I have been reading recently some interesting material on the subject of counselling people who have been through a traumatic experience. It picks up the ideas of Judith Herman who wrote a classic book in 1992, Trauma and Recovery. This sets out the principles on helping people to recover from trauma. The word ‘trauma’ would apply to any damaging experience from seeing terrible events in war to having your self-determination completely stripped away through membership of a extreme religious group. The first thing that a traumatised person needs is to find in the counsellor a place of safety where they can tell their story. It needs to be a place where the client can be assured that they are being offered real understanding and empathy. This kind of attunement with a sufferer is something that will require considerable experience as well as training on the part of the therapist. The sort of thing that can go wrong for any inexperienced listener is that he or she would be unable to listen to the events of the past without himself becoming themselves emotionally over-aroused. Emotion in itself is not inappropriate but it must never, on the side of the therapist, be so strong that it upsets his ability to calm the client down. The technical jargon puts it this way, that the therapist must regulate their own affect. The therapist must hear the story and be able respond to it with empathy but also with a level of detachment. Otherwise the client may easily go back into the shell of their undigested pain.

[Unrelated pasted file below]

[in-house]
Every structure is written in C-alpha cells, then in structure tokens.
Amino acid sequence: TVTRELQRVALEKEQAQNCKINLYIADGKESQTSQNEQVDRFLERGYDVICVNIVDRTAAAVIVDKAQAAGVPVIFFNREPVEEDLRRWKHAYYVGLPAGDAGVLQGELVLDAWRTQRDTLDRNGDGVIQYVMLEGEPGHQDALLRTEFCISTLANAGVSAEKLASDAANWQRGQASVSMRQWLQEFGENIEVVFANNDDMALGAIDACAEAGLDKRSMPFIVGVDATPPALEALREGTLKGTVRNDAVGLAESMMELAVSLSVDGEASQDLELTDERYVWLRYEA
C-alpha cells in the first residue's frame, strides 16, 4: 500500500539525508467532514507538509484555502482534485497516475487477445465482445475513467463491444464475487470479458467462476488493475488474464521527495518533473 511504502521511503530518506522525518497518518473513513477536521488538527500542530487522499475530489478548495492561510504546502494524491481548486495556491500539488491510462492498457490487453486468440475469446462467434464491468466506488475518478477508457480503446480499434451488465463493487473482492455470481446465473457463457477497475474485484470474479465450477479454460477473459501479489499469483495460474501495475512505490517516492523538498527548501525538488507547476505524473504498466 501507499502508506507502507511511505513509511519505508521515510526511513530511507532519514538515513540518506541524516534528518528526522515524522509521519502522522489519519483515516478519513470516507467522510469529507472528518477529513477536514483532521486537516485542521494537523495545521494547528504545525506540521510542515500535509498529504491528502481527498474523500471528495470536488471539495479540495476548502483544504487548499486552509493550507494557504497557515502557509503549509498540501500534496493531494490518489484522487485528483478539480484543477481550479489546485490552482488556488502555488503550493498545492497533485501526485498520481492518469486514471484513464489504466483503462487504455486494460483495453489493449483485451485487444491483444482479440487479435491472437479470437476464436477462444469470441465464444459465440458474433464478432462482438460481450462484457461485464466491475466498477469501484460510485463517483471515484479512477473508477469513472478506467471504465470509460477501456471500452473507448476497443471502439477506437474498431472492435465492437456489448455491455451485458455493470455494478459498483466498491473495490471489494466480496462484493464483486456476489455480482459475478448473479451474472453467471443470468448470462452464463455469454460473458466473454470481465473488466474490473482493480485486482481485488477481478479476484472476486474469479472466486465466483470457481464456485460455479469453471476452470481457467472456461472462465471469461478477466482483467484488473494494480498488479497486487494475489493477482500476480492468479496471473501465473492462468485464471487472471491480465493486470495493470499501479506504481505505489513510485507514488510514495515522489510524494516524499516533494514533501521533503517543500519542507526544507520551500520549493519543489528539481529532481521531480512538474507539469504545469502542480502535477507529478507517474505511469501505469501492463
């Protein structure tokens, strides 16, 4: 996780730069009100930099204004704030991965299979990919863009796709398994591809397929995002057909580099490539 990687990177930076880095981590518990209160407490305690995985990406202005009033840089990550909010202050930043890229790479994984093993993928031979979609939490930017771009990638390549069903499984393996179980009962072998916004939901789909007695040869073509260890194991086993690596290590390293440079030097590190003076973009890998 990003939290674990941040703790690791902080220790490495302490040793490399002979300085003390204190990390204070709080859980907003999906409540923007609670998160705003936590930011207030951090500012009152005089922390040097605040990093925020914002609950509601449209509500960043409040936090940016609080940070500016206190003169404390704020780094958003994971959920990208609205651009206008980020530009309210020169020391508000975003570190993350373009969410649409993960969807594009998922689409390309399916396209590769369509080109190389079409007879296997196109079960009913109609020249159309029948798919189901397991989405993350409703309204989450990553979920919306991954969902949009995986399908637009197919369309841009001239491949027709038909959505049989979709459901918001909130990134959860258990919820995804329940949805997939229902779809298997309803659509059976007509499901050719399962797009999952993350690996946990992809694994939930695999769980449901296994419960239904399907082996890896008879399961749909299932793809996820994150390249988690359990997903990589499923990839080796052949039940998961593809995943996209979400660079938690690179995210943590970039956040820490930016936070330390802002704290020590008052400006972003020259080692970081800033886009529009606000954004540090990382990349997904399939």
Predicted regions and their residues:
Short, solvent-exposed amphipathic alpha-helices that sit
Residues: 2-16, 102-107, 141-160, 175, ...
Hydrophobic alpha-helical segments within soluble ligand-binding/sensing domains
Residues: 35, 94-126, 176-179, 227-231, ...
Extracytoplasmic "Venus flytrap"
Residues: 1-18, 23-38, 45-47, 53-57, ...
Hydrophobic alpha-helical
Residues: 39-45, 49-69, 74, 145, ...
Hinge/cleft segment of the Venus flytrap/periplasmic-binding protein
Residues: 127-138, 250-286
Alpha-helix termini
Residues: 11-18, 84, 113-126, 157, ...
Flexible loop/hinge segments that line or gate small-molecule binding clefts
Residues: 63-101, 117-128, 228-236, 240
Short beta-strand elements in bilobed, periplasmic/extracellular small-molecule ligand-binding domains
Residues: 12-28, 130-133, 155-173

The ability to hear the extremely painful memories of another person without rejecting, disbelieving or in some way switching off, takes skill and training. This will require, on the part of the therapist, that the thinking part of their brain is working properly in tandem with the feeling, experiencing side of the brain. In short they need to have good left brain/right brain integration. Without such integration on the part of the therapist, the client may feel, either an over-intellectualised approach to their problem or the opposite, an over-emotional sympathy that does not allow them to have new insight into the issues of the past. Either way they still remain trapped and isolated in their pain and the terror of their memories. Proper connection with another human being, in this case the therapist, is the first stage of the journey through which the traumatised individual is brought back into connection with the wider human race. A gradual facing up to the past, experiencing it in a safe environment, is an essential stage of the journey towards healing and integration. One of the terrible things about trauma is that the one who experienced it may not at first be able to give it any kind of verbal expression. The part of the brain that has been traumatised does not have words and concepts. Part of the task of the therapist is to help the client to find symbols and later actual words to describe his or her experience. In this way they can relate to it in a new way, using the tools of intellect and reasoning rather than simply experiencing it as a traumatic event. The article I was reading picked up on the way that psychotherapy has as its aim the reintegration of parts of the brain that may have ceased to synchronise. These may have been sundered apart, either by one traumatic event or through years of subtle undermining of the personality by some cultic exposure. There is a lot more to be said about this and we have to leave it as a topic for another time. I would however just mention here the way that many cults undermine the parent-child relationship so that the instinctive need to protect children by parents is undermined has been undermined by cult teaching. The cult leader has constantly taught that the only true ‘father’ is himself